What We're Reading: Blood Pressure Medication Recall; Lead Crisis in Newark; Allergists Debate Peanut Allergy

September 24, 2019

Recall for blood pressure medication losartan has expanded for a fifth time; the lead crisis in Newark is easing after significant filter results for water; allergists speak about the pros and cons of the potential first peanut allergy treatment.

Blood Pressure Medications Recalled Over Link to Cancer-Causing Impurity

The recall of common blood pressure medication losartan has grown for a fifth time after manufacturer Torrent Pharmaceuticals uncovered a possibly carcinogenic impurity in more batches of the drug, according to USA Today. The FDA said that 3 lots of losartan potassium tablets and 2 additional lots of losartan potassium/hydrochlorothiazide tablets were under recall for levels of N-Nitroso-N-methyl-4-aminobutyric acid (NMBA) over the daily recommendation. As the FDA described NMBA as a “potential human carcinogen,” these heightened levels reveal a health hazard for users. Multiple blood pressure medications have been recalled since last July, such as valsartan, losartan, and irbesartan due to these levels of NMBA, as well as levels of Nitrosodimethylamine, and N-Nitrosodiethylamine.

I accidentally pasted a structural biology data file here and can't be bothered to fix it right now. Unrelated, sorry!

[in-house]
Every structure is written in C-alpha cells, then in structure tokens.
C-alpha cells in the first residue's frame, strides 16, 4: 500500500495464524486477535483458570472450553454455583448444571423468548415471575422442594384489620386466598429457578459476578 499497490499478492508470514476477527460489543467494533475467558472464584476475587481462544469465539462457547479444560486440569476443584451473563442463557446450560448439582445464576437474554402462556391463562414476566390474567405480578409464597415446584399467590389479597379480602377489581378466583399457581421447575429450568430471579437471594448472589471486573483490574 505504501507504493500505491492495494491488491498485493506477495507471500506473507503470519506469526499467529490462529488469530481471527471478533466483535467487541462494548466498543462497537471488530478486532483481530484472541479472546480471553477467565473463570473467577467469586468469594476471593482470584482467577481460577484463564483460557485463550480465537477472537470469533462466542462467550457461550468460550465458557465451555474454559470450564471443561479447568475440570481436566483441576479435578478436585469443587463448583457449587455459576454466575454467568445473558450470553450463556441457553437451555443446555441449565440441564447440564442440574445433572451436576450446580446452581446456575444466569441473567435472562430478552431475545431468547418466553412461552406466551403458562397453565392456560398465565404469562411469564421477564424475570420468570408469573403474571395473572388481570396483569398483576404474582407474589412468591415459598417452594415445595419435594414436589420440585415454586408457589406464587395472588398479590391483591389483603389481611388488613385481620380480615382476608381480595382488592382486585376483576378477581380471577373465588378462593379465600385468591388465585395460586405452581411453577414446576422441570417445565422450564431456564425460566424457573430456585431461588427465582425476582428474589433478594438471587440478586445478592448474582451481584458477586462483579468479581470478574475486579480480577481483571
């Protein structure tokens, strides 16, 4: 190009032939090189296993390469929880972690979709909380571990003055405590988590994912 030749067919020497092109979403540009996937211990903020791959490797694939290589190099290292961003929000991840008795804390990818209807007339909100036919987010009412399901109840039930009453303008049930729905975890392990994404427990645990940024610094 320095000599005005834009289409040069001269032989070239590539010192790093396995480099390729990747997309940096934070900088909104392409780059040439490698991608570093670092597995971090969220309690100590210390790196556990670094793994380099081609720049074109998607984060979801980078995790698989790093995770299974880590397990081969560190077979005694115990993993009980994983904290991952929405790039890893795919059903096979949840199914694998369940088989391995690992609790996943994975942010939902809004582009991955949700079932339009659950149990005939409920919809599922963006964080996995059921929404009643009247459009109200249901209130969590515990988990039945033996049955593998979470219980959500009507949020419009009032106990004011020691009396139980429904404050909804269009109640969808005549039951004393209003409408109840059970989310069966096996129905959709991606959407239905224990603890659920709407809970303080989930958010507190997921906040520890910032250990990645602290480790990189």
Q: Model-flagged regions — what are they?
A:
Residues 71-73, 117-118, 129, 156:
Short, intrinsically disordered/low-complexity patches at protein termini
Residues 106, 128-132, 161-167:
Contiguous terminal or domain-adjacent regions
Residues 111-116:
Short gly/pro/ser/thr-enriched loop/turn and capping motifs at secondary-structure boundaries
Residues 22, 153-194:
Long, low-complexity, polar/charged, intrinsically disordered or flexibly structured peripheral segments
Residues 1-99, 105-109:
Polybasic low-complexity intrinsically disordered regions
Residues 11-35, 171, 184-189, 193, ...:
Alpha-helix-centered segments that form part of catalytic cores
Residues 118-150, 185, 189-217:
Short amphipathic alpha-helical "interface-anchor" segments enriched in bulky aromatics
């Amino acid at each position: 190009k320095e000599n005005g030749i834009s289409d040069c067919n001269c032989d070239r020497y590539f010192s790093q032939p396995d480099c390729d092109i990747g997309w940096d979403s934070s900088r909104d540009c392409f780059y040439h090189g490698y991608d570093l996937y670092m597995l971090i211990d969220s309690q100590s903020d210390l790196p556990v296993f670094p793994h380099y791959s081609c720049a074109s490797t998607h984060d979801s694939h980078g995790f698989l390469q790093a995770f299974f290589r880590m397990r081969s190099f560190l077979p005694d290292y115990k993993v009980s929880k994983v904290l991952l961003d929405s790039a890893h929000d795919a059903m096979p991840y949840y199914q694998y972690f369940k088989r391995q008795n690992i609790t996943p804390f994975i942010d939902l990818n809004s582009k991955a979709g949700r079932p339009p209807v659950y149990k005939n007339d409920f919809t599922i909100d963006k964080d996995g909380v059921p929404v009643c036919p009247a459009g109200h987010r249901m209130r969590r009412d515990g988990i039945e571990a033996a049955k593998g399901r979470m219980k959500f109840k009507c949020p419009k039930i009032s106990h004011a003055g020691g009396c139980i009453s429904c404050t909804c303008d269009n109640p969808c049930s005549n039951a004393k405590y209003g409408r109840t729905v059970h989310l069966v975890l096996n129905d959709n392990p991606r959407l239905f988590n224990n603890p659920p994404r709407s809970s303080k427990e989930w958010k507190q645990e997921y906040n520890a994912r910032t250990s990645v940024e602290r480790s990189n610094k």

Water Crisis Easing in Newark

Newark officials announced Monday that thousands of water filters given to residents had significantly reduced lead in drinking water, according to The New York Times. The filters were shown to be 97% effective in reducing lead levels to below the federally acceptable standard, based off testing done jointly by city, state, and federal officials. Back in August, Newark began distributing bottled water amid unsafe levels of lead in the drinking water. Since 3% of the results showed rates above the level set by the state, bottled water will still remain available to citizens.

Allergists Debate Possible First Approved Treatment for Food Allergies

An oral immunotherapy for peanut allergy control named Palforzia was recommended for approval by an FDA committee earlier this month, which has some allergists arguing it is beneficial and others saying it is unnecessary, according to NPR. If approved, it would be the nation’s first FDA-approved treatment for food allergies. The oral immunotherapy involves ingesting gradually increasing small doses of peanut protein to ameliorate the immune system’s overreaction to peanuts. Some allergists note this is already underway in current practice; these allergists also perceive issues in the pricing of 1-year’s supply of Palforzia that can potentially run to $4200 per patient. Not all allergists are opposed to the therapy, however, as some stressed the importance of distributing a standardized product for more predictable and safer results.